In today's time when some politicians are tempted to "use the coffin of a 12-year-old girl as a stepping stone" to promote their ideas and a deadly hatred, when others buy the domain name corresponding to the first name of the little victim of a heinous murder, when investigations for breach of the secrecy of pre-trial investigations are launched following the interview of a police officer giving details on this horrible news item, it appears essential to recall the importance – beyond the respect normally due to the victim – of a core value of our rule of law: The secrecy of pre-trial investigations and inquiries.
The secrecy of pre-trial investigations and inquiries is a very old principle under French law. As early as 1498, the Blois Ordinance specified that the trial should be held "as diligently and secretly as possible". The Villers-Cotterêts Ordinance, in 1539, reaffirmed the importance of secrecy in judicial matters and stipulated that witnesses should be questioned "secretly and separately". However, it was the Criminal Ordinance of August 26, 1670 which upheld the rule of secrecy of pre-trial investigations and inquiries and prohibited "the disclosure of information and other trial materials".
After a short period where the secrecy of pre-trial investigations and inquiries was abolished during the post-revolutionary phase of 1789, the Code of Criminal Investigations of 1808 re-established the secret nature of the preparatory phase of the trial. This principle is now established. But is it still worthy of support?
While it is true that it is a fundamental principle of our rule of law, it turns out that it does not fit well with our impatient society where transparency is – unfairly – considered as the utmost virtue.
The secrecy of pre-trial investigations and inquiries is a keystone of our inquisitorial system. It has two counterparts that ensure the balance between the public authorities. It allows for the proper conduct of investigations and inquiries on the one hand, and it ensures that respect for the accused's privacy rights and right to be presumed innocent is maintained on the other hand.
Assuredly, secrecy will safeguard the integrity of evidence and testimonies, will allow for the implementation of an investigation strategy and thus be essential to ascertain the truth. Above all, it guarantees the presumption of innocence. It is this secrecy that will prevent a lot of private information about the – sometimes wrongly – accused person from being disclosed publicly.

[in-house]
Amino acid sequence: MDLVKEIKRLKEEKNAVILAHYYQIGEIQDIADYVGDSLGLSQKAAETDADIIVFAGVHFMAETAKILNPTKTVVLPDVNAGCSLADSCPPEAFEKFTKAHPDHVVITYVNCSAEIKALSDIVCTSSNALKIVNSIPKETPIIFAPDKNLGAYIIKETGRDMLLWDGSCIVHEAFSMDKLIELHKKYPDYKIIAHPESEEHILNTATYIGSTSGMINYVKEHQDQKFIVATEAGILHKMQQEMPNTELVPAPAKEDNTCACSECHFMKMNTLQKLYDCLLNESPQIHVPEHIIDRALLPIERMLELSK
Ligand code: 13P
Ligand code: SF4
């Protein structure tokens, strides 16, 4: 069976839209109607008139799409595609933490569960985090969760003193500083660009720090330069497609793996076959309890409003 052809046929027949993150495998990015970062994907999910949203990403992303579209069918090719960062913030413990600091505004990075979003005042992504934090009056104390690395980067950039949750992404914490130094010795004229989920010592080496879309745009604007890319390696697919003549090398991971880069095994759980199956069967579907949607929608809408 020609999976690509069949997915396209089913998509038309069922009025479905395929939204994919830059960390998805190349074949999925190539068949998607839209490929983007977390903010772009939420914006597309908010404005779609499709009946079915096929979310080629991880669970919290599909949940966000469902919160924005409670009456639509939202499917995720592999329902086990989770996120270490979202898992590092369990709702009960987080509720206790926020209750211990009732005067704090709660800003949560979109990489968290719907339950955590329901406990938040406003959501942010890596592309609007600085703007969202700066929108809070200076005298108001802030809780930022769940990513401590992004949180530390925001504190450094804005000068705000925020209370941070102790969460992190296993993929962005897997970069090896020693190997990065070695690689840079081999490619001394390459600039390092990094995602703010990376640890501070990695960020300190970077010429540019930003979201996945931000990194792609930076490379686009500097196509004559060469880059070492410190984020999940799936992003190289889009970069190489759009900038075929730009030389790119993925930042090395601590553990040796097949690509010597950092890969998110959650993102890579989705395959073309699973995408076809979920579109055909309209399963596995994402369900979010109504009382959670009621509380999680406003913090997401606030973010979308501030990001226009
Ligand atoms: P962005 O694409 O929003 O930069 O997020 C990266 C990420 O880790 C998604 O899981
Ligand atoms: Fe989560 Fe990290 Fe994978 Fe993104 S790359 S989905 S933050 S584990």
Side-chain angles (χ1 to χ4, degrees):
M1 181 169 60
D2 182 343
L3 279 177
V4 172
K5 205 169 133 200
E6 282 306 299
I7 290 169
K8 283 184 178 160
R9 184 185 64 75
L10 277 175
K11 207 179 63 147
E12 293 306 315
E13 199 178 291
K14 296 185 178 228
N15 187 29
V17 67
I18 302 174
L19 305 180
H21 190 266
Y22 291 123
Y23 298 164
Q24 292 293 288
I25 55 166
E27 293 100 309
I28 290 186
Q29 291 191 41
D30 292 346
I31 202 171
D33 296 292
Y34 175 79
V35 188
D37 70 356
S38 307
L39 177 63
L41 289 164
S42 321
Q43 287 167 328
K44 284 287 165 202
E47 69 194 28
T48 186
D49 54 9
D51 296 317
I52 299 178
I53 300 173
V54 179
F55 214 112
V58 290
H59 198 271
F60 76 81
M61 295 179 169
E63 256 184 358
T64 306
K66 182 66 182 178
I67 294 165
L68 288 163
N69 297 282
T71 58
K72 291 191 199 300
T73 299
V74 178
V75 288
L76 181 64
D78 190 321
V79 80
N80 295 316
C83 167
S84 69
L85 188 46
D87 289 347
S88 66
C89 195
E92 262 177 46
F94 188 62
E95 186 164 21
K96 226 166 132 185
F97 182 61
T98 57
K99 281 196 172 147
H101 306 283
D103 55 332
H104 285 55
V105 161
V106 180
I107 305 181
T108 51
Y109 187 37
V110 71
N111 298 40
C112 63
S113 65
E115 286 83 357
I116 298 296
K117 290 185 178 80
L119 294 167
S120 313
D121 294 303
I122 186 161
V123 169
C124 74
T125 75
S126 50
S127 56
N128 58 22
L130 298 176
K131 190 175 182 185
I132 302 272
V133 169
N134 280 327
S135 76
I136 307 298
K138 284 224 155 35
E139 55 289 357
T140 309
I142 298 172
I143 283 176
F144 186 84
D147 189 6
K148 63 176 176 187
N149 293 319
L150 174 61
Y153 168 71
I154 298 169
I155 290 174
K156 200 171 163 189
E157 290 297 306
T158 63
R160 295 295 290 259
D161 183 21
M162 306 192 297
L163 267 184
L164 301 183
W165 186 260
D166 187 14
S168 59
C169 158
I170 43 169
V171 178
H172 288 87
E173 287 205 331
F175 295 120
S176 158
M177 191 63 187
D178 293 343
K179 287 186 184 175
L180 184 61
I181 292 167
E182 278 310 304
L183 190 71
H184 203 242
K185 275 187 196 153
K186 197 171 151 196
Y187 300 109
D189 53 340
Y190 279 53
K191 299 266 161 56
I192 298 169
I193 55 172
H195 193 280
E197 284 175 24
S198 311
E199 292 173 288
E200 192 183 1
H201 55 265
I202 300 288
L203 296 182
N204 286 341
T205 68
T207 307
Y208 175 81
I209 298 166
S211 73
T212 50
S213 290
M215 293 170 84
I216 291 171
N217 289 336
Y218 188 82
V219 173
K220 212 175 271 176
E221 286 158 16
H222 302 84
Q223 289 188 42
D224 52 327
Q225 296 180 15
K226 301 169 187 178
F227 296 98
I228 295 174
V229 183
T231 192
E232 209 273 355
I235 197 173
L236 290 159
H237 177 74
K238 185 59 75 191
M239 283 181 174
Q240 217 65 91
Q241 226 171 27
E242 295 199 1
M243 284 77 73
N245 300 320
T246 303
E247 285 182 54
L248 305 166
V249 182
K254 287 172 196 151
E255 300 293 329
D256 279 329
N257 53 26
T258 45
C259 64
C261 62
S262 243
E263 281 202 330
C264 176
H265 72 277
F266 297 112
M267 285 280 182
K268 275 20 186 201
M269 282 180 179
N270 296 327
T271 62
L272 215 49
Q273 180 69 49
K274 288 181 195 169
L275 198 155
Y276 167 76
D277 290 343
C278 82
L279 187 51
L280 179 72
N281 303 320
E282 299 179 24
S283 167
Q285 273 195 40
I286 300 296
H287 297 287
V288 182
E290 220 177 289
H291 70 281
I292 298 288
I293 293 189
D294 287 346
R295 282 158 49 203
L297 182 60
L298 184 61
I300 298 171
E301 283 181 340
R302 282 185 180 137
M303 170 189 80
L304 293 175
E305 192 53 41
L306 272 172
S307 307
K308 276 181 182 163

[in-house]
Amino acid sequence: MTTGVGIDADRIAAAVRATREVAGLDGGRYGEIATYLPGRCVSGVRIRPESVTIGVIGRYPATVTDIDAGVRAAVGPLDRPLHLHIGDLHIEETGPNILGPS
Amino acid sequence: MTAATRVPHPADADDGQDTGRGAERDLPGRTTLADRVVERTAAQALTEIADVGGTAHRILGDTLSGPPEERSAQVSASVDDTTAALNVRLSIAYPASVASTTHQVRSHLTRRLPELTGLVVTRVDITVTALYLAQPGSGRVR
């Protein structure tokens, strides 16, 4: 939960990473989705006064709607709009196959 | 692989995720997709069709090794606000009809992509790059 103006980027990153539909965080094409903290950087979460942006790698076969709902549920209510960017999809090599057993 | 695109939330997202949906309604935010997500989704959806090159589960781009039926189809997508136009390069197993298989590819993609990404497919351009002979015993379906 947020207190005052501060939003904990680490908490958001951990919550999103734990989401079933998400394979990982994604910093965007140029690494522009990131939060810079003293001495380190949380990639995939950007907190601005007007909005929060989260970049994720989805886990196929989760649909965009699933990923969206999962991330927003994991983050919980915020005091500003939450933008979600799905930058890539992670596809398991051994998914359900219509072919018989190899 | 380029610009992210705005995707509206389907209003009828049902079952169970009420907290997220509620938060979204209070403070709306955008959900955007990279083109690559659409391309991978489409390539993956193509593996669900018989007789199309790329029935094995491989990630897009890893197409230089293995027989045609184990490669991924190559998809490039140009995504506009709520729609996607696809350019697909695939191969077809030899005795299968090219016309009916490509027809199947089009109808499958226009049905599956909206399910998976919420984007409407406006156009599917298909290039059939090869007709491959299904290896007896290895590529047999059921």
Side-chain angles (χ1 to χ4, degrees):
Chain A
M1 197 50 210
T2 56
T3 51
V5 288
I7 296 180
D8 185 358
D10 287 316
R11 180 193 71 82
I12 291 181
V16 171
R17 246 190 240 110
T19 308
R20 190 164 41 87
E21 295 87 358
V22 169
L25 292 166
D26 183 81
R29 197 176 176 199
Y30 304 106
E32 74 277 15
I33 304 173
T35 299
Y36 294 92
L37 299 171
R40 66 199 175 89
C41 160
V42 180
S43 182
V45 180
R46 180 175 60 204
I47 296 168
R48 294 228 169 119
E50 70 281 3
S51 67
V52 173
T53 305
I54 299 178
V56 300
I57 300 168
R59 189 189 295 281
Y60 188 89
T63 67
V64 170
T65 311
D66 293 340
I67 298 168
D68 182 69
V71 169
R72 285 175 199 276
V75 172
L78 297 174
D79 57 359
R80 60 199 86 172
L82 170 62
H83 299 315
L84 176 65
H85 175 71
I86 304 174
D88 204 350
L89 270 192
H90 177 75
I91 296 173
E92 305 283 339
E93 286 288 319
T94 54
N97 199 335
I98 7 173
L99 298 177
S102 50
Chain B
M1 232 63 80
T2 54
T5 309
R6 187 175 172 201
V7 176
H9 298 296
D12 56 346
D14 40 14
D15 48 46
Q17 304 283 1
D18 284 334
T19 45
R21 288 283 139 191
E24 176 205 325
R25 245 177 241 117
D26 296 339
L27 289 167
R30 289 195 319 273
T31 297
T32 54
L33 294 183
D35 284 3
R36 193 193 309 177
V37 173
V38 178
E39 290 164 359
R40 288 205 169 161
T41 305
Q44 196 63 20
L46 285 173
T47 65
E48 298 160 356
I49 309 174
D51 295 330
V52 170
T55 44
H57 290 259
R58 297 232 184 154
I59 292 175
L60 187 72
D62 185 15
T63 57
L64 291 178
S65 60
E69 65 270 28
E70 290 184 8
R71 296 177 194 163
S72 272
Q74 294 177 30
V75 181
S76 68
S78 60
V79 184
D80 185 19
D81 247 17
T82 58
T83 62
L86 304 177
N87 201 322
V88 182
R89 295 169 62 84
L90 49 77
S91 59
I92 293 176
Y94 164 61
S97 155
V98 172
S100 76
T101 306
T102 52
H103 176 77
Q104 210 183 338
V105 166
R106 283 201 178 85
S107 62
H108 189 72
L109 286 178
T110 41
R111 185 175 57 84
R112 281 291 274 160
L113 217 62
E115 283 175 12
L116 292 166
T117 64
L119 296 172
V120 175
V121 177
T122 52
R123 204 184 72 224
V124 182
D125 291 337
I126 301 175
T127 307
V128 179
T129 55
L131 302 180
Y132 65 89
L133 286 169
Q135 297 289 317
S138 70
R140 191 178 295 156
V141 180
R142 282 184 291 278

The secrecy of pre-trial investigations and inquiries is thus fundamental. Unfortunately, it is nowadays undermined by incessant attacks from multiple networks that sometimes inspire news channels which have only one mantra: To win audiences.
The various stakeholders involved in criminal proceedings are not more virtuous and they do not hesitate to breach secrecy more and more frequently, to such an extent that some French legal scholars even evoked "open secrets".
These too frequent breaches can be explained by the fact that the sanctions/penalties that may theoretically apply do not sufficiently act as a deterrent.
However, respecting the secrecy of pre-trial investigations and inquiries – which is not intended to hide the truth – seems essential. Indeed, in our society where the slightest feeling from a tweet can be reused without check by some news channels, where one of the hosts of a show watched by millions of viewers embraces criminal populism and calls for a quick trial, without a lawyer for the one accused of having murdered the little Lola; it is more than necessary to prevent confidential information – normally intended exclusively to criminal justice stakeholders – from being disclosed publicly.
The secrecy of pre-trial investigations and inquiries serve as a safeguard in an information-hungry, impatient society where the immediacy of the contention – of the public accusation – prevails over the ascertainment of truth. It is one of the foundations of our republican pact and prevents, in particular, an irrevocable condemnation by the media from weighing on an individual who may, ultimately, be found to be innocent.
It is therefore understandable that this decaying principle of secrecy of pre-trial investigations and inquiries must be safeguarded.
But safeguarding this principle may require an evolution of the secrecy of pre-trial investigations and inquiries. The French legislator was aware of this need for evolution as early as in 2000 when it authorized the Public Prosecutor to have "windows of opportunity" to avoid the spread of fragmentary or inaccurate information or to put an end to a disorderly conduct. Today, should we not, for example, authorize the Public Prosecutor to exercise his/her right to provide information outside of this legal framework, in other words, as soon as he/she considers that there is a public interest in making a communication? Couldn't we allow investigators to communicate on certain elements of pending investigations after having obtained from a judge the authorization to do so?
Everything is possible but it will then be necessary to strengthen the applicable sanctions/penalties for breach of the secrecy of pre-trial investigations and inquiries – irrespective of whether such breach is committed by a police officer, an expert, a lawyer, or a judge – so that it recovers its meaning, its force and its authority.
This is how we can avoid the return of trials in the public square, forgotten by those who are judgmental but never by those condemned.
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